As densely populated geographical areas, cities are characterized by urban growth. Cities are economic, cultural, and political centers that offer various services, infrastructure, and opportunities. Urban densification is associated with adverse effects such as pollution, health problems, and social issues. With populations in India and China exceeding billions, there is a high demand for housing and services.

Recent research, such as studies by Berkeley Cool Climate Network and other institutions, has led to a paradigm change in our perceptions of urban densification. This paradigm shift is intended to reduce cities’ carbon footprint and support collaborative efforts to achieve Sustainable Development Goals. The strategy of densification has been proposed as an important one for combating climate change and promoting social well-being and prosperity. But a question remains: how can we achieve densification and address global warming? Companies like Holcim responded to this challenge with sustainable building solutions and engaging in meaningful conversations with architects. One example is Shajay Bhooshan, Associate Director at Zaha Hadid Architects. These collaborations offer valuable insights into urban densification’s role as a catalyst for climate action.

Using low-emission materials and roofing solutions that facilitate the incorporation of vegetation are some strategies to support efforts toward sustainable architecture. Among them are the use of materials with low emissions and roof solutions that enable the incorporation of greenery. Bhooshan believes that densification can also be an essential aspect of sustainable development or, at the very least, reducing the impact of built environments on climate change. The decline in urban density over the last century has made it challenging to achieve densification.

Density is a concept that can be interpreted in many different ways. It is essentially the number of structures in an area. Satellite Cities were one of the most critical urban paradigms in the 20th century. It aimed to balance urban activity and population distribution. Bhooshan, however, argues that the segmentation of needs results in different buildings being constructed for each market. This requires individual maintenance and energy supplies. In addition, other economic and regulatory policies discouraged the growth of central cities in favor of peripheral areas. This has resulted in increased transportation costs, the use of private vehicles, infrastructure expenditures per capita, and higher CO2 emissions. If we continue to build cities the same way, building a New York-sized city every month would be required.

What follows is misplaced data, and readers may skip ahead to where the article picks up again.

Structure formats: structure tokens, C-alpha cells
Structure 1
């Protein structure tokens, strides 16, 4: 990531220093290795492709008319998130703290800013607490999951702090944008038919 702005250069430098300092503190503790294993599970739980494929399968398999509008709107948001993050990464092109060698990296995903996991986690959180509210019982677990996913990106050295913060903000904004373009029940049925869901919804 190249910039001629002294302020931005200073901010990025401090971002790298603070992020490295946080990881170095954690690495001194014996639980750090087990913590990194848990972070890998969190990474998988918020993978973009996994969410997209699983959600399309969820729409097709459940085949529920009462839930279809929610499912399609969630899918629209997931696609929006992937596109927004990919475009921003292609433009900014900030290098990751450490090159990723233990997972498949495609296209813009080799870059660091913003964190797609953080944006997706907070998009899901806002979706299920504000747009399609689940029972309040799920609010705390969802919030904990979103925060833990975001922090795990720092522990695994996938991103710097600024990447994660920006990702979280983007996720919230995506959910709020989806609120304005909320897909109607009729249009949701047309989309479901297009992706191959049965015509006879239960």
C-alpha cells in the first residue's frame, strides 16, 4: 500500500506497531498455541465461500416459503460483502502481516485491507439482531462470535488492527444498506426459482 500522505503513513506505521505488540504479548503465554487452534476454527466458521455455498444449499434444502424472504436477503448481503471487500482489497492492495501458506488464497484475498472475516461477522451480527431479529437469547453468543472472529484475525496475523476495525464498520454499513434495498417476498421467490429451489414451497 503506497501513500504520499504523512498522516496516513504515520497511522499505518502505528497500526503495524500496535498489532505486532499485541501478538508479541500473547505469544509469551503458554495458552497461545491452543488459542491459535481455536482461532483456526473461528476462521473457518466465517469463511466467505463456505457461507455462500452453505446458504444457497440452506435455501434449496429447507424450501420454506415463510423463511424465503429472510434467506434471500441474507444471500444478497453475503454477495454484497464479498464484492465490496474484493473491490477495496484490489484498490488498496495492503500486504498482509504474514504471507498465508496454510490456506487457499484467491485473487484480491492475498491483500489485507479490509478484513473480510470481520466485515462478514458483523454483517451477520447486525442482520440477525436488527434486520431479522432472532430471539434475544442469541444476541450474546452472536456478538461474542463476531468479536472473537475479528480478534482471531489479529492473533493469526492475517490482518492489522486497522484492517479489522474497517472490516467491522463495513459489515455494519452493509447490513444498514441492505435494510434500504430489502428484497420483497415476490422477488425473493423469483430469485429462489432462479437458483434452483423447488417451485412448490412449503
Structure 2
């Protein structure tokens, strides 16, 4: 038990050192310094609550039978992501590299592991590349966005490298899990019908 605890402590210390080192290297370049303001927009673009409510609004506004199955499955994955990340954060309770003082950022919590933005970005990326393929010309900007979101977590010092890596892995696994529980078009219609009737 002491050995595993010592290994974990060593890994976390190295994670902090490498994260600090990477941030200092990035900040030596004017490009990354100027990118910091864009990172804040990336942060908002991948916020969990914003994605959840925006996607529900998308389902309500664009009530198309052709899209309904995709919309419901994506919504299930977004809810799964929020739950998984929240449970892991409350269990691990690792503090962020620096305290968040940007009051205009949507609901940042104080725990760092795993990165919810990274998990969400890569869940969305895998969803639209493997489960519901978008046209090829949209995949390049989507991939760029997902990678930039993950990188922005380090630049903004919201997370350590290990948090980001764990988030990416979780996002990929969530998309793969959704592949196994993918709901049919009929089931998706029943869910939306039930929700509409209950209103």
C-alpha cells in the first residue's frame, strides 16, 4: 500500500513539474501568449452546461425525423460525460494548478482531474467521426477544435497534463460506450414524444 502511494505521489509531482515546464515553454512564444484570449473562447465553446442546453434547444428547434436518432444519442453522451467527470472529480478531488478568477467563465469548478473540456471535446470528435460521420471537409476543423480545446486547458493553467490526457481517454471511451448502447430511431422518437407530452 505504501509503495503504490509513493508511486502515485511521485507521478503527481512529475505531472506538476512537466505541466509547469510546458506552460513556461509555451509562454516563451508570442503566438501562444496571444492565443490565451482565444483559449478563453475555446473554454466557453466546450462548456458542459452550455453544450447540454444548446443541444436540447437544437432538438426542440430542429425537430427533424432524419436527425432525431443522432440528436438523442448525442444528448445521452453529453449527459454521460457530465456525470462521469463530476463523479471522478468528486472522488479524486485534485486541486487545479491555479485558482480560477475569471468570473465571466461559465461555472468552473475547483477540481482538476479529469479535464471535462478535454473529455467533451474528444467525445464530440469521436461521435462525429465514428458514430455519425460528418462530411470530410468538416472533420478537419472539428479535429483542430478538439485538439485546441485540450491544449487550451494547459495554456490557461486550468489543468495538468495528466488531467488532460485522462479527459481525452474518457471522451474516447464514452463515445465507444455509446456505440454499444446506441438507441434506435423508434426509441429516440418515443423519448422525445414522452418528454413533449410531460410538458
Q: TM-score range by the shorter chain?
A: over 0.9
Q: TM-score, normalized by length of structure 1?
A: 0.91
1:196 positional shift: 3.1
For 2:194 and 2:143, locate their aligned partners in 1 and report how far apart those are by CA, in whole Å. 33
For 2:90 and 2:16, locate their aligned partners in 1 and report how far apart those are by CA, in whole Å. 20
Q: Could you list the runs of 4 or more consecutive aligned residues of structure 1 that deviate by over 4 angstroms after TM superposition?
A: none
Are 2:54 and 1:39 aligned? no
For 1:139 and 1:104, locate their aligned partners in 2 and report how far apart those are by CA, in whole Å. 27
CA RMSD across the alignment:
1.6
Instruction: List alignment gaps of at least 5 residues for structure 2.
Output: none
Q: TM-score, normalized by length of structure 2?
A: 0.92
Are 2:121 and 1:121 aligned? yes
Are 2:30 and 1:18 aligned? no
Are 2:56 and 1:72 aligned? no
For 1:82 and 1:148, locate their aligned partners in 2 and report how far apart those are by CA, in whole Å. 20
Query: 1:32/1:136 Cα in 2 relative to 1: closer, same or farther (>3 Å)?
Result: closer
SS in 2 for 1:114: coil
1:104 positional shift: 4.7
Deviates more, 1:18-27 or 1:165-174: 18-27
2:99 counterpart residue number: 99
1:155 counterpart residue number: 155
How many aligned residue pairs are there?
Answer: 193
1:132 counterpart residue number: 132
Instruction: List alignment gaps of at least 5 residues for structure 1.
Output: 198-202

Understanding space efficiency from the perspective of density is essential. To achieve this, buildings and spaces must be used more intensively and consciously. This efficiency, combined with using recycled and new materials such as ultra-high-performance concrete, can promote a different aesthetic and encourage community living. To achieve this, the people need a voice within the built environment. This means involving them in decision-making processes about their community.

Collaboration between architects, companies, and other stakeholders is required to design solutions that meet planning and design needs. It is not the responsibility of a single entity. Holcim works with architects like Prof. Dr. Philippe Block, and Holcim collaborates with architects such as Prof. Collaboration between different actors will allow the creation of architectural solutions, engineering, and logistical solutions to densification. This will help us tackle the challenge of decarbonizing cities. Understanding the issues we face is crucial, as a lack thereof may lead to an inefficient allocation of resources, given the limited resources available on the planet.

Holcim has developed low-carbon concrete to help build new structures. Integrating waterproofing and innovative insulating systems is crucial for making buildings more sustainable. This may involve the reuse or components of existing buildings in urbanizing economies. Urbanizing economies such as India, China, and Southeast Asia would require intelligent building solutions for disassembly, reconfiguration, and other approaches.

We must be more aware of how we use our resources and organize our cities. Shajay Bhooshan explains that efficiency is achieved by utilizing space more efficiently. Bhooshan cites the Striatus project as an example of an intelligent building. Zaha Hadid Architects, Block Research Group, and Holcim collaborated on this project to build a bridge with 3D-printed cement. This project shows how computational abilities and digital technologies can achieve different aspects of the reuse and recycling of building materials. It is essential to highlight innovative ways of utilizing materials such as concrete. Concrete is the most commonly used building material and offers an opportunity to show that climate goals don’t mean a complete re-design of existing materials. The focus should be on making low-carbon and environmentally friendly. We can reduce our dependence on natural resources by adopting such practices.

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